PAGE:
Kent Monkman: mistikôsiwak (Wooden Boat People)
On ViewThe Metropolitan Museum Of Art
December 17, 2019 – April 9, 2020
It may be that history, as Winston Churchill said, is written by the victors, but a deep satisfaction can be had for those who redraft it. Cree artist Kent Monkman does just that for the Metropolitan Museum of Art’s inaugural Great Hall Commission. His installation, mistikôsiwak (Wooden Boat People) (2019), consists of two large-scale narrative paintings, each measuring 11 by 22 feet, for which the artist borrowed content and technique from the museum’s extensive collection of Euro-American 19th century painting. Familiar motifs appear within a traditional framework of history painting, but the stories Monkman tells in these assemblies of figures upend American mythologies of a declining native population ready to cede its new Eden to Johnny-come-lately pilgrims and explorers. Monkman reverses the European gaze, presenting Indigenous people as heroes who welcome and rescue invading newcomers.
The latest in a series of new installations sponsored by the Met, which include the Rooftop and Façade Commissions, the Great Hall Commission invites a contemporary artist to engage with the museum’s physical space as well as its encyclopedic collection in an effort to provide audiences with broader perspectives from which to consider the Met’s architecture, as well as its vast holdings. mistikôsiwak was curated by Randall Griffey and the works were conceived by Monkman in consultation with Sheena Wagstaff, Leonard A. Lauder Chairman of the Met’s Department of Modern and Contemporary Art. Flanking either side of the interior east facing walls of the main lobby of the museum, Monkman’s diptych feels in harmony with its surroundings, even as it interrogates the traditions from which it draws.
In Welcoming the Newcomers (2019), the artist envisions a rocky point of land strewn with flowers and surrounded by choppy seas. A storm seems to have just abated, and the sun shines through layers of gray clouds. In the distance, migrating Europeans cling to an overturned boat. Missionaries, conquistadors, and a Black man in shackles claw their way onshore, where they are received by a community of Indigenous people. Central to the image is the figure of Miss Chief Eagle Testickle, Monkman’s gender-fluid alter ego who appears as a Two-Spirit figure, a Native term used to describe a traditional third-gender role who stands apart from the binary world view introduced by colonialism. Clad in a sheer scarlet wrap and a pair of mile-high Louboutin heels, she extends a hospitable arm to the approaching newcomers. A time-traveling avatar from the future, she gazes directly at the viewer with tear-stained eyes, a beam of light caressing her back and face. Change arrives on Turtle Island—a Native American term for North America—and Miss Chief weeps for what is to come.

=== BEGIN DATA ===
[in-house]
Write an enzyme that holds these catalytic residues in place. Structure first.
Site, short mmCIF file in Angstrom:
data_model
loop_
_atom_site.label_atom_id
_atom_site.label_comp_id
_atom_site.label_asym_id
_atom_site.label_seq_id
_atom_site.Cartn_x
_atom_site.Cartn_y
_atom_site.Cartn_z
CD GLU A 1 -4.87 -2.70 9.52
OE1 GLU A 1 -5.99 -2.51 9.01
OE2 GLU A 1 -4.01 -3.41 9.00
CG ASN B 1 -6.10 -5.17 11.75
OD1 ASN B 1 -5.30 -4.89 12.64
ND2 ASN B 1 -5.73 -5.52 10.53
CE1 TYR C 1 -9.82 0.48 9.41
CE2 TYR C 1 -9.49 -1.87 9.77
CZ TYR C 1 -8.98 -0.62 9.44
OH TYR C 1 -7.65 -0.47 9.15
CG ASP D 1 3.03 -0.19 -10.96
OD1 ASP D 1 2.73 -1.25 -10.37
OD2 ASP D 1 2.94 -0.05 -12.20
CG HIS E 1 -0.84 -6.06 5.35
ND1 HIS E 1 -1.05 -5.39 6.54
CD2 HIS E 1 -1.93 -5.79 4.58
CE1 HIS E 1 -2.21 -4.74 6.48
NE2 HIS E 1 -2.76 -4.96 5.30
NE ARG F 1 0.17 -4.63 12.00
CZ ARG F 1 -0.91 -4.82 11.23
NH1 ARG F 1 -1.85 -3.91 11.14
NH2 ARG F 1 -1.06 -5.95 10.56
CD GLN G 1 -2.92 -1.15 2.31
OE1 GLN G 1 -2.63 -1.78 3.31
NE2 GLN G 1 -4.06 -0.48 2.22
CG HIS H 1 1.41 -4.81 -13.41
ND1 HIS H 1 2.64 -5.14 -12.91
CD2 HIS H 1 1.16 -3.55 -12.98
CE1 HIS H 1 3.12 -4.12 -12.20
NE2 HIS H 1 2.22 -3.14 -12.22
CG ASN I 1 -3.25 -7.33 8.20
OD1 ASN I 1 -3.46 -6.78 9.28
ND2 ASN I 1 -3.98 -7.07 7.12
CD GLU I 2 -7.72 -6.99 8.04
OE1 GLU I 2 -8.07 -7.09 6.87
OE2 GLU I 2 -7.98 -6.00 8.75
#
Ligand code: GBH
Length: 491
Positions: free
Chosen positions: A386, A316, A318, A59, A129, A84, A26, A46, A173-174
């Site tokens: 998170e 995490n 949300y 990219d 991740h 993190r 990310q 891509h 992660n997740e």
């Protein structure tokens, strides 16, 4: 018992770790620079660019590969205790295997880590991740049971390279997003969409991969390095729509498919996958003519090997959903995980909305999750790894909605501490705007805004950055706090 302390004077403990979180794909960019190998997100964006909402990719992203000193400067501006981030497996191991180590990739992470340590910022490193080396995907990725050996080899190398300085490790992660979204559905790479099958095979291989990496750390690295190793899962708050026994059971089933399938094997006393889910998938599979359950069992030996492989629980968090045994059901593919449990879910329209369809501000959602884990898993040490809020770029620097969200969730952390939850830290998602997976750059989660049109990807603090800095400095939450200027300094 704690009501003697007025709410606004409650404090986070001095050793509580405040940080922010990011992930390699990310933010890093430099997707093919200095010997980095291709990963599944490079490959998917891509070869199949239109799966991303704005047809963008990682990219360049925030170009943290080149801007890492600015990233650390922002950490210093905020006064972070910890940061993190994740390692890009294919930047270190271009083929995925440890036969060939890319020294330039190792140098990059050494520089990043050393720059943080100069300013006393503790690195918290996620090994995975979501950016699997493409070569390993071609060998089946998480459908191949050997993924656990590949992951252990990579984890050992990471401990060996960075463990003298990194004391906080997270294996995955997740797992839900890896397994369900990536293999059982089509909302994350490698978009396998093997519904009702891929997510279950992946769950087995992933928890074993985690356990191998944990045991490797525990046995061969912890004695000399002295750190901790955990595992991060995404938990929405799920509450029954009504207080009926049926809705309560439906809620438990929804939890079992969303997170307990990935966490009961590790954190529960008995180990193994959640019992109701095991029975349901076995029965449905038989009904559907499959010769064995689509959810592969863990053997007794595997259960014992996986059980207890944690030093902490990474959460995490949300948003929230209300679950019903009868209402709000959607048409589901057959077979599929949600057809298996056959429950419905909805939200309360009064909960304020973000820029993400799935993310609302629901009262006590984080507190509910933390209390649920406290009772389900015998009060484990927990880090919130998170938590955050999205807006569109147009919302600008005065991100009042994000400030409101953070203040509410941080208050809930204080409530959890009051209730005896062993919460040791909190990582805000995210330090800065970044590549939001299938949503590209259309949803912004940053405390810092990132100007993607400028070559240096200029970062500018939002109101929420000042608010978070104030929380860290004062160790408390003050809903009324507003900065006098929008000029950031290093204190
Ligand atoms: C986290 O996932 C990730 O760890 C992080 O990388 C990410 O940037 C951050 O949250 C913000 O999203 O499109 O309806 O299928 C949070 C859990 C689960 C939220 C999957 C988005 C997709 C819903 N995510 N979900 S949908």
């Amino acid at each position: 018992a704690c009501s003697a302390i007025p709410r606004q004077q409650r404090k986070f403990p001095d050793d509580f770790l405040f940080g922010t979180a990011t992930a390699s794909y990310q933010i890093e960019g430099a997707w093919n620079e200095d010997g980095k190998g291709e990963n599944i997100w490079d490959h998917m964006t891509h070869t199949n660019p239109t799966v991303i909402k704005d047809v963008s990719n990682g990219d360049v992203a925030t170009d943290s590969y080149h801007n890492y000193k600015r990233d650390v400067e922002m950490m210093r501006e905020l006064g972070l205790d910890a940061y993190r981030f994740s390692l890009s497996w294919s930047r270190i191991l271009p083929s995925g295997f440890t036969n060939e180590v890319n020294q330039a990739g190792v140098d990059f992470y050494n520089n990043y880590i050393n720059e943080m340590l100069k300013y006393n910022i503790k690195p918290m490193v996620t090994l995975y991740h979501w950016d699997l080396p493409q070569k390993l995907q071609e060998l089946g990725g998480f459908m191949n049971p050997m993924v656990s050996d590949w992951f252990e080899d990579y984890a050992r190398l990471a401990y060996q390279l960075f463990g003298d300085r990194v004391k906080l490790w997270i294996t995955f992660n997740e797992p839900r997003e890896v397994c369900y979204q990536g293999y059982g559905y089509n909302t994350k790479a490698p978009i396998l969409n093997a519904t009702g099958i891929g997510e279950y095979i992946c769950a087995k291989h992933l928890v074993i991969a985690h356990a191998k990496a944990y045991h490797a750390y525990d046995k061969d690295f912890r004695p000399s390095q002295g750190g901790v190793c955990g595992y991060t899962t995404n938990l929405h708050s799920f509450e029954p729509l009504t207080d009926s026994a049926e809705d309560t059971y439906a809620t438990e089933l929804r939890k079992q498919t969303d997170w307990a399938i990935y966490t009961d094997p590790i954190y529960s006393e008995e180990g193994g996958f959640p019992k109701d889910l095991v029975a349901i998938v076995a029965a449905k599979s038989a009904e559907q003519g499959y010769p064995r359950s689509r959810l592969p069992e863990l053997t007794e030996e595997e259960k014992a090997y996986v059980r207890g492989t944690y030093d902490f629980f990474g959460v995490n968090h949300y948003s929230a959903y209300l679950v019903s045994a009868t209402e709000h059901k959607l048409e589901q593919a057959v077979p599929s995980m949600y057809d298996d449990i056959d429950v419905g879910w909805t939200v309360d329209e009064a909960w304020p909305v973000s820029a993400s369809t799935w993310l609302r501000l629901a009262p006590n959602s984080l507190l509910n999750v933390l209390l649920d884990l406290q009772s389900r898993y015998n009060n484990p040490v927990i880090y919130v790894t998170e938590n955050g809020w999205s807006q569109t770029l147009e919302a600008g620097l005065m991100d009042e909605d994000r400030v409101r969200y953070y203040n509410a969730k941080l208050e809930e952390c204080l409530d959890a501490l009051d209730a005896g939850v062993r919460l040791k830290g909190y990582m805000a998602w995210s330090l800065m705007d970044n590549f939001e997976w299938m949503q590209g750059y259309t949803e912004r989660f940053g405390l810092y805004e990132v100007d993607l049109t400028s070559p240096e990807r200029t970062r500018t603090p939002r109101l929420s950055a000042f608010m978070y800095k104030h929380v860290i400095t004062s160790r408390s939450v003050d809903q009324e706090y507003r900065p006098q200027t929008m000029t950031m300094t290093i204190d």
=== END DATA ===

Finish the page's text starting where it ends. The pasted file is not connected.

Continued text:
Monkman’s second painting, Resurgence of the People (2019) moves forward in time, crowding Miss Chief and her associates into a small boat which they paddle through rising waters. The image evokes recent scenes of refugees packed into small crafts. A Black man wearing a white medical coat (possibly the descendent of the slave who arrives in Welcoming the Newcomers) pulls a white body out of the water. In the prow of the boat, a woman holds a dying baby, while in the stern, a grandmotherly trio beams at a robust newborn. Plastic bottles, a baby’s shoe, and an oil-drenched pelican float past. A chorus of paramilitaries dance on a small outcropping of rock, guns raised to the sky in a salute to Miss Chief, draped again in red chiffon and stiletto pumps. She stands in the middle of the ship, one foot resting on a side rail, an eagle feather extended in front of her. Her pose immediately evokes Emanuel Leutze's iconic Washington Crossing the Delaware (1851), one of the museum’s most popular attractions, but unlike Washington, who led his men into a long winter of fighting the British, Miss Chief seems intent on leading her people to higher, safer ground. Their destiny is not the romantic wilderness of American landscape painters like George Inness or William Morris Hunt, but a place in which old languages are spoken and ancient traditions are revived.
Alongside the paintings, the museum has dispersed Where’s Waldo-style signage that designate works referenced by Monkman and the galleries in which they can be found. Making my way upstairs to the American wing, I found a small group hovered around Washington Crossing the Delaware, its gilded frame topped by a bald eagle. Ames Van Wart’s Indian Vase (1876) stood on a pedestal nearby. The story of the buffalo hunt, now little more than a memory, plays out in bas-relief along its sides. Two figures perch on its edges, one looking proud, if also angry, and the second gazing forlornly into the distance. Not to worry, I think to myself, Miss Chief Eagle Testickle is on her way.